'We have discovered that waiting lists to see hospital consultants are subject to the power laws of complexity. . . ' So begins a report in Nature (410: 652). For the odd reader who may, inexplicably, be unfamiliar with power laws in mathematics, they are used to describe the behaviour of systems that are semi-chaotic. The report's authors, Drs Smethurst and Williams of Nottingham's University Hospital, offer a few examples: sandpile avalanches, forest fires and disease epidemics.
A bit of academic esotericism without much bearing on waiting lists in the real world? Think again. The second half of Smethurst and Williams' opening sentence continues: '. . . and so are likely to be an essential symptom of an efficient healthcare service'.
Elsewhere in the piece they repeat it: 'A paradoxical feature of waiting lists that conform to a power law is that they represent the most efficient configuration for that organisation. '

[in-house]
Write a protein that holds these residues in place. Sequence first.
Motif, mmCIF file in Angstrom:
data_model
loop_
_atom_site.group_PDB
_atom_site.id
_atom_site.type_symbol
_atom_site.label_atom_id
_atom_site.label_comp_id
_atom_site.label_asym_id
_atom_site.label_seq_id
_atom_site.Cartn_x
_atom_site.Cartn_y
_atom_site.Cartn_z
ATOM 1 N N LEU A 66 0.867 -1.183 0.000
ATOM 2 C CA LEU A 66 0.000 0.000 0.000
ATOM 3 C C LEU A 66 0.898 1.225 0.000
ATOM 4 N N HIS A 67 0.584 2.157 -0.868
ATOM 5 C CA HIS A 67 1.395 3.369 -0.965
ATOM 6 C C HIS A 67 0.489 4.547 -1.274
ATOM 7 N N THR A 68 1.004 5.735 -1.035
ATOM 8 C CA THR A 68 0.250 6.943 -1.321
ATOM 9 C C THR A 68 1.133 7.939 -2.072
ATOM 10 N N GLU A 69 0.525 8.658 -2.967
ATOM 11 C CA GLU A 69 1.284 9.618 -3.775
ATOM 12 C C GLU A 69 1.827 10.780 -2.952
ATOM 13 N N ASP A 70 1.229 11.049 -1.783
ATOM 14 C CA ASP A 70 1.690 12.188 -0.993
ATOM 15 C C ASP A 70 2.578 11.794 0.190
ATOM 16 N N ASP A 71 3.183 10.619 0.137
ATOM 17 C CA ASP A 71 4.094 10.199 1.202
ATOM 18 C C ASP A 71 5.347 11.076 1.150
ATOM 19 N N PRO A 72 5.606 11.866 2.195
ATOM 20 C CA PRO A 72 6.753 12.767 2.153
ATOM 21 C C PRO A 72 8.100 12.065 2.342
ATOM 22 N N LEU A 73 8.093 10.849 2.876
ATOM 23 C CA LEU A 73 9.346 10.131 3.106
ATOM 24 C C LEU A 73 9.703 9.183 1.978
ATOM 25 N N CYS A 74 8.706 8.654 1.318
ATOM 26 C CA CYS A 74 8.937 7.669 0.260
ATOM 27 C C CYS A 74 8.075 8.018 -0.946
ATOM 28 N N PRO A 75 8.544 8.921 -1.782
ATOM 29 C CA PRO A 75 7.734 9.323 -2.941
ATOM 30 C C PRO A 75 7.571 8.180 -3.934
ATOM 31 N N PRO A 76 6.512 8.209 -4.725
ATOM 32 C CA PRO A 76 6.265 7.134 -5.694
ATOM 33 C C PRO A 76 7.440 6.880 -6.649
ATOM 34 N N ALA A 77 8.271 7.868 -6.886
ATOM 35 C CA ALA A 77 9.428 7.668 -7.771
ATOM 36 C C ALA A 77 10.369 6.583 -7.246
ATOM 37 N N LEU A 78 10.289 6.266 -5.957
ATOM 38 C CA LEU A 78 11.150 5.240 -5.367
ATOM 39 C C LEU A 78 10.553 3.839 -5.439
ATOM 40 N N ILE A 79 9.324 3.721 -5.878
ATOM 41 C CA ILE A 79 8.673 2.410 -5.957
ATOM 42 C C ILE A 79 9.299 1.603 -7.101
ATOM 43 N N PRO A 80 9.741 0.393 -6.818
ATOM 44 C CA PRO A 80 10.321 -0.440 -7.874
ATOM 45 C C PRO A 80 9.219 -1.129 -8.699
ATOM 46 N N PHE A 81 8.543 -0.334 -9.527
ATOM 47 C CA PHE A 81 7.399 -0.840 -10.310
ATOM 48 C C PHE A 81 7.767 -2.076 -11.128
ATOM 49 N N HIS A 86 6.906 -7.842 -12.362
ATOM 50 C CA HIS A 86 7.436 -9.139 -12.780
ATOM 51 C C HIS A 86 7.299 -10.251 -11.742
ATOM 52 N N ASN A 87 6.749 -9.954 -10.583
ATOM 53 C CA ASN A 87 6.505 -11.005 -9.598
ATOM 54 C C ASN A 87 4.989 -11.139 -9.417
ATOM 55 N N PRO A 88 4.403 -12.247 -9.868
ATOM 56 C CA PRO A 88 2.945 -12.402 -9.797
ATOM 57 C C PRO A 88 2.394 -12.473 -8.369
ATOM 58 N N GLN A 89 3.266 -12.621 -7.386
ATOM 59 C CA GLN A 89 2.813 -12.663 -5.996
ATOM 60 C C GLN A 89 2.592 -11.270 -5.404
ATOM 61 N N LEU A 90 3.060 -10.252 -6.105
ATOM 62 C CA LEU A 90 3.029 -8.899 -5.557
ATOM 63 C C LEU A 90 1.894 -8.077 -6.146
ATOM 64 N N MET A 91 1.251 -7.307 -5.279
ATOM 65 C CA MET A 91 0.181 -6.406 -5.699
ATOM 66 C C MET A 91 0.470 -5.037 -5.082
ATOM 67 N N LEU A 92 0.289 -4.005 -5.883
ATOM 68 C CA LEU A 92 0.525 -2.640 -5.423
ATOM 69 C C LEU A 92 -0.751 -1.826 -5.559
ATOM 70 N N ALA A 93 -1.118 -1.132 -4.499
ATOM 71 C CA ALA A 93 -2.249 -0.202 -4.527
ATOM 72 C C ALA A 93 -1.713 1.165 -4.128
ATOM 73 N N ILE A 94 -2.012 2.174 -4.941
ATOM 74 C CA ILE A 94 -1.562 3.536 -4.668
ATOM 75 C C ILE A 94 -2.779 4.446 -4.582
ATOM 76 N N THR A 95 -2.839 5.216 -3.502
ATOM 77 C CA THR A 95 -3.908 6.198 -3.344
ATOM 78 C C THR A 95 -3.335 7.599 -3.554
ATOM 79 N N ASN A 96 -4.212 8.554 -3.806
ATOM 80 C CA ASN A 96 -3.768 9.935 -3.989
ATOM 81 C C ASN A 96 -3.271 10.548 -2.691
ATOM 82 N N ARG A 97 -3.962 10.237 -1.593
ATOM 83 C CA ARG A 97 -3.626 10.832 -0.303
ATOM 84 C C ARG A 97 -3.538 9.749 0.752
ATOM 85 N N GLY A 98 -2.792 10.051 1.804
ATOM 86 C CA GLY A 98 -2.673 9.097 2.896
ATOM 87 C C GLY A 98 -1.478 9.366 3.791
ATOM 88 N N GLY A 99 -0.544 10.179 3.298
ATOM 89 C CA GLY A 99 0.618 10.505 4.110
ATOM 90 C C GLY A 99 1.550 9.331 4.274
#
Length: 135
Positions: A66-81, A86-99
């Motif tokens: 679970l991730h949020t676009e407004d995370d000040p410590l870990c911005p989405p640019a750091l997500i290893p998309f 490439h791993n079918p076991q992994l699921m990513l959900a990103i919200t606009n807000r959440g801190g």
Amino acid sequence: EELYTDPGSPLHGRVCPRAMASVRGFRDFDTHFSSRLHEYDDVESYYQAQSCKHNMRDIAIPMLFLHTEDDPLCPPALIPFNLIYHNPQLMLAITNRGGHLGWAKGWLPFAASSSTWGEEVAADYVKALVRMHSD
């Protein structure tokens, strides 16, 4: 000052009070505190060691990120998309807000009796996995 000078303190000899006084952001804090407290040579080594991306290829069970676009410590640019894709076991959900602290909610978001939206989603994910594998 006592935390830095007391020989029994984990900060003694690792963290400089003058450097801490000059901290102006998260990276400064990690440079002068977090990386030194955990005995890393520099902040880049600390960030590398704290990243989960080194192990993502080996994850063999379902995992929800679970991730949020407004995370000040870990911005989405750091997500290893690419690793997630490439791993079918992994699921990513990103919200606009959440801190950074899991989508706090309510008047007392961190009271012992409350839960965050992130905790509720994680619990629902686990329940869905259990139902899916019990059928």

So do NHS waiting lists 'conform to a power law'?
The lists studied by the Nottingham chaps - those of four dermatologists recorded over a period of six years - apparently do. Rejoice! Efficiency has been achieved.
Space prevents me delving more deeply into the intricacies of power laws and exactly why NHS lists seem to obey them. So let's stick to the two main conclusions: lists self-regulate to buffer against differing levels of demand, thereby creating bottomless pits that absorb all resources made available; and instead of judging a health system by the length of its lists we should be measuring the overall quality of care provided. Curiously, I suspect that even managers who can't lay claim to a GCSE in maths would say much the same.